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Somewhere between childhood and adulthood our enthusiasm and natural inclinations to dream big are squashed.
To make it work for you, find your limits by exposing yourself to different situations and pushing through the uncomfortable. You’ll be amazed at what you can accomplish.
Your brain has a built-in confirmation bias. That means it stores information that is consistent with your own beliefs, values and self-image. This selective memory system helps keep the brain from getting overloaded.
Revisit your self-limiting beliefs. Try to gain a more accurate perspective on the event by talking with others that might have a different perspective.
Not every new or different thing is a threat to our survival. This negativity bias can chip away at our confidence. To combat the negativity bias:
If we remain curious, we remain teachable and grow every day. Ask questions and be curious because:
When we are afraid, we don't think clearly because our emotions take control.
It does no good to avoid, deny or ignore the fear. Instead, spend time with your worst fear. Imagine the worst that could happen. Now focus on your breathing. Feel your body relax. You’re on your way to conquering your fear.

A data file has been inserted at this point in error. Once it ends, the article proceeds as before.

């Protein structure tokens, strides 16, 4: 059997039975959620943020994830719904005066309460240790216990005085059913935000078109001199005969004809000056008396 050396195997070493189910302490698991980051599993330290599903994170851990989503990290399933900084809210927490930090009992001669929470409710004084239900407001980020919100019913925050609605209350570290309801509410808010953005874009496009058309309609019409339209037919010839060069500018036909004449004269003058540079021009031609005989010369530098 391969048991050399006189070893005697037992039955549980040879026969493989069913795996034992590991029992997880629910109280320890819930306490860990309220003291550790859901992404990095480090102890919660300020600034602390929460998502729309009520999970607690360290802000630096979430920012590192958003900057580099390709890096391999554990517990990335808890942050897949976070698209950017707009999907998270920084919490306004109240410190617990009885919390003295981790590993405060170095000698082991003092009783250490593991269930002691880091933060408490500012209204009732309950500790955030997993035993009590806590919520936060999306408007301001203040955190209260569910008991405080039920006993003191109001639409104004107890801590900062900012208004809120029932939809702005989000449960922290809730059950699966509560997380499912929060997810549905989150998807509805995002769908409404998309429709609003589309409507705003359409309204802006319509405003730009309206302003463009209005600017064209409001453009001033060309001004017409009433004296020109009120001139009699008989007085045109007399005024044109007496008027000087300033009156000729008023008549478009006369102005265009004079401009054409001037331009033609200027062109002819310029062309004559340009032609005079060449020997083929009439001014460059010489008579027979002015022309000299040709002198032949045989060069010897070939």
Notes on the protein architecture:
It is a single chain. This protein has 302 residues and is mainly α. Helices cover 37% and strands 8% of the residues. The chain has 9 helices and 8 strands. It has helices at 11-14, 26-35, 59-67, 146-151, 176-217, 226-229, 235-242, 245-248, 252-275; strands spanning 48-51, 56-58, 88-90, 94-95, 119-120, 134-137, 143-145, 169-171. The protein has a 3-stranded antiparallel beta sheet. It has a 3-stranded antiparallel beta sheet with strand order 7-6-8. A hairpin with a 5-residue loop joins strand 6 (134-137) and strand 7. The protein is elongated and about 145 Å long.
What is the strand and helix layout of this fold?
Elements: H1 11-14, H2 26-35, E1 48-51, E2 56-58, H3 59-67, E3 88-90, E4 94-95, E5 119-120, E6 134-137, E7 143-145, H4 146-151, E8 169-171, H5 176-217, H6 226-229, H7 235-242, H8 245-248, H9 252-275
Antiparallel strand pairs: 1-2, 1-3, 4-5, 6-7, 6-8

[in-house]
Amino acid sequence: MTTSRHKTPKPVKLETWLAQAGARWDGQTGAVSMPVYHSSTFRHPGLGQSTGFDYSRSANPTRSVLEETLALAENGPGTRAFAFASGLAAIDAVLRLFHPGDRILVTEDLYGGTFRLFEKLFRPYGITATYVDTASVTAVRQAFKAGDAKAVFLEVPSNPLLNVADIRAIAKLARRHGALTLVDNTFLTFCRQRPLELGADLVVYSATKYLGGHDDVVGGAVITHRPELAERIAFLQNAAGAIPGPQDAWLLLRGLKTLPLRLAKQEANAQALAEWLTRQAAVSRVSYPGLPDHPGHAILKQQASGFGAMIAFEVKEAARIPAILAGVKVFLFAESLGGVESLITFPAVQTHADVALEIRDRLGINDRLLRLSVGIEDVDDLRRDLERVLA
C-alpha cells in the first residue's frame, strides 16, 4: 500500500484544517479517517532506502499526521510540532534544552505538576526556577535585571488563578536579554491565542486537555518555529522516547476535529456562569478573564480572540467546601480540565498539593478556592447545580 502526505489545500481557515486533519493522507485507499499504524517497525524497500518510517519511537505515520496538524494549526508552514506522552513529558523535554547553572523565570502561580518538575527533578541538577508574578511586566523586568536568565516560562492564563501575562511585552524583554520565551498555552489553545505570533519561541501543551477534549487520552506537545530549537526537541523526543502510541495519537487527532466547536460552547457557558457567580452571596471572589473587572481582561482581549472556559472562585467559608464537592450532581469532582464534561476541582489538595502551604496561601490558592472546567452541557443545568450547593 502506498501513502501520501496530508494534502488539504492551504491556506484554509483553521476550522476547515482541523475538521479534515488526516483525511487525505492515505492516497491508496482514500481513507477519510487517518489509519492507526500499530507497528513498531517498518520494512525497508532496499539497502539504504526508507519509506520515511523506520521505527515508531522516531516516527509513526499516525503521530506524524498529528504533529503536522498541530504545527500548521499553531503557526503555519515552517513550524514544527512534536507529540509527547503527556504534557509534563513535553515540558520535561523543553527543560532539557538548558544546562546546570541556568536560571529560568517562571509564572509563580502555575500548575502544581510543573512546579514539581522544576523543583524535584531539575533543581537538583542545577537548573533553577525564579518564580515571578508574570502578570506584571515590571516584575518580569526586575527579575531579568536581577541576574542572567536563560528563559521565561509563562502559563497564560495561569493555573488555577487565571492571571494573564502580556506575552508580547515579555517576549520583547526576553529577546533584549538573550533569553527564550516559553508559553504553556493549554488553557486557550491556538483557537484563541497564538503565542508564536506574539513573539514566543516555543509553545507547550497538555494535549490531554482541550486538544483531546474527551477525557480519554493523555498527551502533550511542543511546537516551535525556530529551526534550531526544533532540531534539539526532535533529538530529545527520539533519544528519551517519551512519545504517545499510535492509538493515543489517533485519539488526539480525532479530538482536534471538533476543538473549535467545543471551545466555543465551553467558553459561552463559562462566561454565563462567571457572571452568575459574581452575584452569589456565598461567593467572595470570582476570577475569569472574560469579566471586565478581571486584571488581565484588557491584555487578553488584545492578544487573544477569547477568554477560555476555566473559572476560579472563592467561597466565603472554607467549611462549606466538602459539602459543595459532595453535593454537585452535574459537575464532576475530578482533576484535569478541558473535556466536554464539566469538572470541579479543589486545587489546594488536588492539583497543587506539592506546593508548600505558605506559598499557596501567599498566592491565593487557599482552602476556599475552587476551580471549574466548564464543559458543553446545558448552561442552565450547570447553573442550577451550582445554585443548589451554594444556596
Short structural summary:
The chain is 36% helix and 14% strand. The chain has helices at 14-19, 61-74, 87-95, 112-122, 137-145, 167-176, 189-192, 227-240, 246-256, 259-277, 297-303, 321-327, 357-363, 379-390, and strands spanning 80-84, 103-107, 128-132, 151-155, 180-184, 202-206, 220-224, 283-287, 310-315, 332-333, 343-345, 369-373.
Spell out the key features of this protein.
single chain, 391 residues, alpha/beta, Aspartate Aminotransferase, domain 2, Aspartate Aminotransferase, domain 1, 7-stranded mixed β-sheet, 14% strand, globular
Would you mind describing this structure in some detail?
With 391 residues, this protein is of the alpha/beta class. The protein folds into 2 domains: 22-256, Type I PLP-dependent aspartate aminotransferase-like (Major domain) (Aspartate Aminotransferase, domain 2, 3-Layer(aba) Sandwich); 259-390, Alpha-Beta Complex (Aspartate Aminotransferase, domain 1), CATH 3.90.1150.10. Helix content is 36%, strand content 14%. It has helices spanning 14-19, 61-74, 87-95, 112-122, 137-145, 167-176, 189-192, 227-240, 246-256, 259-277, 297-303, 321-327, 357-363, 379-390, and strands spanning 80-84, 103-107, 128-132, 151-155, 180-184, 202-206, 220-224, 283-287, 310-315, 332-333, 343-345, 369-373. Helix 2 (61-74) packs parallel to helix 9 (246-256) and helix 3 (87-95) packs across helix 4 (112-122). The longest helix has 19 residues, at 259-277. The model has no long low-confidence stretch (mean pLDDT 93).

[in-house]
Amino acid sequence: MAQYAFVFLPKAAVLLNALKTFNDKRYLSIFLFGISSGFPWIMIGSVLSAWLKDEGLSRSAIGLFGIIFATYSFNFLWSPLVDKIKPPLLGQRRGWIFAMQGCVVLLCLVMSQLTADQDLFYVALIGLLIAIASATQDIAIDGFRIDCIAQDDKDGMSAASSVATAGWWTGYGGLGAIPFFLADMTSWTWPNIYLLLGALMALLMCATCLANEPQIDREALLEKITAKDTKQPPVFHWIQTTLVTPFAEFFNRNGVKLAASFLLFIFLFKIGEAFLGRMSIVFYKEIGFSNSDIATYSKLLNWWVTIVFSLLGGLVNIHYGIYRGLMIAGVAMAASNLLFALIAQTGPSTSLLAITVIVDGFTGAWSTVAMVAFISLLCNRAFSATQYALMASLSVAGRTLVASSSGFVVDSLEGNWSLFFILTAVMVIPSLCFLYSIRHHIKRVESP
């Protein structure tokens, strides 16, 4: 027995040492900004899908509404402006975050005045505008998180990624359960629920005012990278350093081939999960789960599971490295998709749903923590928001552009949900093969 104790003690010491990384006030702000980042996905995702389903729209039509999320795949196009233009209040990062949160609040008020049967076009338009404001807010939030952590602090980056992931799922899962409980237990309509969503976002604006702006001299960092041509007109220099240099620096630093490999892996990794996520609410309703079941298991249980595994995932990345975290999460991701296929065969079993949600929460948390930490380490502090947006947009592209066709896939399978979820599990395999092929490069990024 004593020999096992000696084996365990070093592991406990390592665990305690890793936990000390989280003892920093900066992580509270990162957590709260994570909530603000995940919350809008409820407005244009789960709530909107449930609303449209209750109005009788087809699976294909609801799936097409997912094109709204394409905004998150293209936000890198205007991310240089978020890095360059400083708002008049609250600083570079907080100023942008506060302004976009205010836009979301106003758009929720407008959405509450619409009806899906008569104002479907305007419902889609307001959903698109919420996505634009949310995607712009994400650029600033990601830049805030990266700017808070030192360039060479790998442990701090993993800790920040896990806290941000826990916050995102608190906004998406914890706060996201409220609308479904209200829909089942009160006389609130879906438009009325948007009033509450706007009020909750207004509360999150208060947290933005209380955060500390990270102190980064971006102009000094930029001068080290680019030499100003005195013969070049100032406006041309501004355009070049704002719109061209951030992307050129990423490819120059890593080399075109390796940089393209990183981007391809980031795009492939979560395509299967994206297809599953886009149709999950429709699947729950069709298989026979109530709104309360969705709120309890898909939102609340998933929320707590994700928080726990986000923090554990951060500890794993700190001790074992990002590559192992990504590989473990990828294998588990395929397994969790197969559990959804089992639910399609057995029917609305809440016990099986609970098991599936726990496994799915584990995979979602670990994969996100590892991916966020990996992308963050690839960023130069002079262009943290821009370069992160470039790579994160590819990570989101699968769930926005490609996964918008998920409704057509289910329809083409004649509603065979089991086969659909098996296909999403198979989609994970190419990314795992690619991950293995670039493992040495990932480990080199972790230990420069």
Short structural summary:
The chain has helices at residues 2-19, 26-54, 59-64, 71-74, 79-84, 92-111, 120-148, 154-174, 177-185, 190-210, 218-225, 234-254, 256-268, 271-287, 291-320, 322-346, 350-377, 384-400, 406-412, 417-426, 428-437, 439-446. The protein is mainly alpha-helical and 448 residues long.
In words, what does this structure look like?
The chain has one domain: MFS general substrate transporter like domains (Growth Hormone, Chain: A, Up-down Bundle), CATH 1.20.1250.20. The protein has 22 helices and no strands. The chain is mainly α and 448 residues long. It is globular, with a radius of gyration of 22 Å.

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It's impossible to please everyone. And rejection is a way to figure out who’s compatible with whom: getting axed from a social group gives you space to find folks that are a little ...
When we get rejected, our brains register an emotional chemical response so strong, it can physically hurt.
We go through almost the same stages as if we were grieving (self-blame, trying to win back our rejecter because we hate being disliked, and feeling like a failure). These feelings are healthy and normal, so long as you don’t end up dwelling on them.
Rejection is personal, and it’s easy to start questioning your self-worth when someone makes it clear they don’t like you.
But for the most part, being disliked is a matter of mutual compatibility. Keep in mind that likability has a lot to do with what you bring to someone else’s table, whether or not you realize it.
It is the feeling that you are not worthy of your designation, title, position or success.
Your accomplishments may be due to luck or effort, but you feel you lack the talent or skill ...
The antidote to the impostor syndrome is self-efficacy, which is about learning one's own value.
Self-efficacy is described as a perceived ability to succeed at a particular task. It means having rock-solid confidence, a supercharged belief in your ability.
Your first impressions are usually pretty accurate. But whether they are wrong or right, first impressions affect us in a big way and we are slow to change them.
You have to be willing to update them quite rapidly.